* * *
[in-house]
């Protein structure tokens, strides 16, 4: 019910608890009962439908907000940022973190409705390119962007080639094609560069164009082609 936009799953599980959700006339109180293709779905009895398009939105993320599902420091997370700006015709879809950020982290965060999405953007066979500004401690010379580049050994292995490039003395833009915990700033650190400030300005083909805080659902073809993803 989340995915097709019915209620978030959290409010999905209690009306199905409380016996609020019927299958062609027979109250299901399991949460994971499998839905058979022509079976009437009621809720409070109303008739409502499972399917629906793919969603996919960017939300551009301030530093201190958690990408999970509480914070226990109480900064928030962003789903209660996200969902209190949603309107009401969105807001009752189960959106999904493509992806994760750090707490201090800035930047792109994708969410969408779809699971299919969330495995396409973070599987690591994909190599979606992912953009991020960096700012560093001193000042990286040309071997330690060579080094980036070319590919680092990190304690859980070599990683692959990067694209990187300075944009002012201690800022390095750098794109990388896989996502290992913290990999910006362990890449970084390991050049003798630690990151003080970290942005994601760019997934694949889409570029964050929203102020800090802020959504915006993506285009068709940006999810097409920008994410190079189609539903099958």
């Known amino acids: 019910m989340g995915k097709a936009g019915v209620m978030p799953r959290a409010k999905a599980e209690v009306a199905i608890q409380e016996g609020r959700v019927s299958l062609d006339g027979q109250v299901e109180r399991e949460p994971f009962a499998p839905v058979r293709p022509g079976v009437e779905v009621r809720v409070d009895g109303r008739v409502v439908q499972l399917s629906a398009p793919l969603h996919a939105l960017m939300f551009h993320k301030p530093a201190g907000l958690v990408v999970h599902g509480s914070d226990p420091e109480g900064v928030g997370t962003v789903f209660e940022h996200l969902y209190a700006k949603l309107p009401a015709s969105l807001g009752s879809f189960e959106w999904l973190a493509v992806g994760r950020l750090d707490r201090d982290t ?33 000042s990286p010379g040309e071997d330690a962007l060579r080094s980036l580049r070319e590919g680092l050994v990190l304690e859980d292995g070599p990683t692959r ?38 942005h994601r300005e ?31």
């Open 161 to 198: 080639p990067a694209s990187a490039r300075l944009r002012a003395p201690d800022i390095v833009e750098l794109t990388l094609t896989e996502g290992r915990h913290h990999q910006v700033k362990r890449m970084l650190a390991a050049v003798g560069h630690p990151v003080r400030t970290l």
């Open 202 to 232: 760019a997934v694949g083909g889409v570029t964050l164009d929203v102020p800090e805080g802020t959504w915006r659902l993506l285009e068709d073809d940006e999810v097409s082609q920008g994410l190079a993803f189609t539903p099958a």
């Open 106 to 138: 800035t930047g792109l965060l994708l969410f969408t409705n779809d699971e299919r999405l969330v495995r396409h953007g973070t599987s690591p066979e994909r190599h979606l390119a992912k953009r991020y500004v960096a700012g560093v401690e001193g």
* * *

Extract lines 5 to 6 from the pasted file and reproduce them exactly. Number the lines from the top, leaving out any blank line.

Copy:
């Open 202 to 232: 760019a997934v694949g083909g889409v570029t964050l164009d929203v102020p800090e805080g802020t959504w915006r659902l993506l285009e068709d073809d940006e999810v097409s082609q920008g994410l190079a993803f189609t539903p099958a």
């Open 106 to 138: 800035t930047g792109l965060l994708l969410f969408t409705n779809d699971e299919r999405l969330v495995r396409h953007g973070t599987s690591p066979e994909r190599h979606l390119a992912k953009r991020y500004v960096a700012g560093v401690e001193g």